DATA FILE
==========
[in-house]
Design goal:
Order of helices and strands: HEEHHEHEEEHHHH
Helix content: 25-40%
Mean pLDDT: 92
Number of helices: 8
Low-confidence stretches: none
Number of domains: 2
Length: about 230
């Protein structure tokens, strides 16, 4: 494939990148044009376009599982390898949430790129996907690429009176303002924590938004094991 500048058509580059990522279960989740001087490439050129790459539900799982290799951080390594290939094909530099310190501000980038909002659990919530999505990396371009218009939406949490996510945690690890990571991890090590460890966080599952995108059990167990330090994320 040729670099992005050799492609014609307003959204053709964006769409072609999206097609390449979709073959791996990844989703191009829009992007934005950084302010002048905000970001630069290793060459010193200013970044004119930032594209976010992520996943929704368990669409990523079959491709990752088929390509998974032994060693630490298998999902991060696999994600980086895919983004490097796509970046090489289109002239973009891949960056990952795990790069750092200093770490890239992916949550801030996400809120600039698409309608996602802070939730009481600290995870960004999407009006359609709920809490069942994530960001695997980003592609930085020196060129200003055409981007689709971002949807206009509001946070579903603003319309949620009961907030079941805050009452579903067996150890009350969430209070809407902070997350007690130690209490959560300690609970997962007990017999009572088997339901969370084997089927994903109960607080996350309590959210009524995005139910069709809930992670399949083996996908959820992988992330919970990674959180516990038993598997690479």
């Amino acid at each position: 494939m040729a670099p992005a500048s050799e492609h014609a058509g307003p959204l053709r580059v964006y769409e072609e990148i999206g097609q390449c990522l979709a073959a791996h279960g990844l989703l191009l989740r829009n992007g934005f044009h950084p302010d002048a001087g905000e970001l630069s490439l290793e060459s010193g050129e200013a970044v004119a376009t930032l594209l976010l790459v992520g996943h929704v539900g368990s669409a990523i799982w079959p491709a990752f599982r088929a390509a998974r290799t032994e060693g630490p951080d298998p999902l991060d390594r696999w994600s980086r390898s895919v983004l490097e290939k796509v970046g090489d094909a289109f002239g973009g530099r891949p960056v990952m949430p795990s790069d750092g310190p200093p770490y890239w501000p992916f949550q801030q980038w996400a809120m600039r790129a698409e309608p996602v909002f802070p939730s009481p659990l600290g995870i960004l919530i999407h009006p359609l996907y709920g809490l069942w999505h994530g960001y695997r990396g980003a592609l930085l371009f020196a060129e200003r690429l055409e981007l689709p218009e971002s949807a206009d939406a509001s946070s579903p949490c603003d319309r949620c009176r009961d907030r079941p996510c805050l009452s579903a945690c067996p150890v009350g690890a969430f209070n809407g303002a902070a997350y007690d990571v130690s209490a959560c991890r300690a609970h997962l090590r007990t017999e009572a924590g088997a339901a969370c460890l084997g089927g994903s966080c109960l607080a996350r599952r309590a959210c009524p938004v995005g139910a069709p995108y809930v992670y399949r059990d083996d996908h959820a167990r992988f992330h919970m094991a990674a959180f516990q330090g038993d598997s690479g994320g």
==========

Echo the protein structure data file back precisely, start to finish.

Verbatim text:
[in-house]
Design goal:
Order of helices and strands: HEEHHEHEEEHHHH
Helix content: 25-40%
Mean pLDDT: 92
Number of helices: 8
Low-confidence stretches: none
Number of domains: 2
Length: about 230
């Protein structure tokens, strides 16, 4: 494939990148044009376009599982390898949430790129996907690429009176303002924590938004094991 500048058509580059990522279960989740001087490439050129790459539900799982290799951080390594290939094909530099310190501000980038909002659990919530999505990396371009218009939406949490996510945690690890990571991890090590460890966080599952995108059990167990330090994320 040729670099992005050799492609014609307003959204053709964006769409072609999206097609390449979709073959791996990844989703191009829009992007934005950084302010002048905000970001630069290793060459010193200013970044004119930032594209976010992520996943929704368990669409990523079959491709990752088929390509998974032994060693630490298998999902991060696999994600980086895919983004490097796509970046090489289109002239973009891949960056990952795990790069750092200093770490890239992916949550801030996400809120600039698409309608996602802070939730009481600290995870960004999407009006359609709920809490069942994530960001695997980003592609930085020196060129200003055409981007689709971002949807206009509001946070579903603003319309949620009961907030079941805050009452579903067996150890009350969430209070809407902070997350007690130690209490959560300690609970997962007990017999009572088997339901969370084997089927994903109960607080996350309590959210009524995005139910069709809930992670399949083996996908959820992988992330919970990674959180516990038993598997690479």
């Amino acid at each position: 494939m040729a670099p992005a500048s050799e492609h014609a058509g307003p959204l053709r580059v964006y769409e072609e990148i999206g097609q390449c990522l979709a073959a791996h279960g990844l989703l191009l989740r829009n992007g934005f044009h950084p302010d002048a001087g905000e970001l630069s490439l290793e060459s010193g050129e200013a970044v004119a376009t930032l594209l976010l790459v992520g996943h929704v539900g368990s669409a990523i799982w079959p491709a990752f599982r088929a390509a998974r290799t032994e060693g630490p951080d298998p999902l991060d390594r696999w994600s980086r390898s895919v983004l490097e290939k796509v970046g090489d094909a289109f002239g973009g530099r891949p960056v990952m949430p795990s790069d750092g310190p200093p770490y890239w501000p992916f949550q801030q980038w996400a809120m600039r790129a698409e309608p996602v909002f802070p939730s009481p659990l600290g995870i960004l919530i999407h009006p359609l996907y709920g809490l069942w999505h994530g960001y695997r990396g980003a592609l930085l371009f020196a060129e200003r690429l055409e981007l689709p218009e971002s949807a206009d939406a509001s946070s579903p949490c603003d319309r949620c009176r009961d907030r079941p996510c805050l009452s579903a945690c067996p150890v009350g690890a969430f209070n809407g303002a902070a997350y007690d990571v130690s209490a959560c991890r300690a609970h997962l090590r007990t017999e009572a924590g088997a339901a969370c460890l084997g089927g994903s966080c109960l607080a996350r599952r309590a959210c009524p938004v995005g139910a069709p995108y809930v992670y399949r059990d083996d996908h959820a167990r992988f992330h919970m094991a990674a959180f516990q330090g038993d598997s690479g994320g």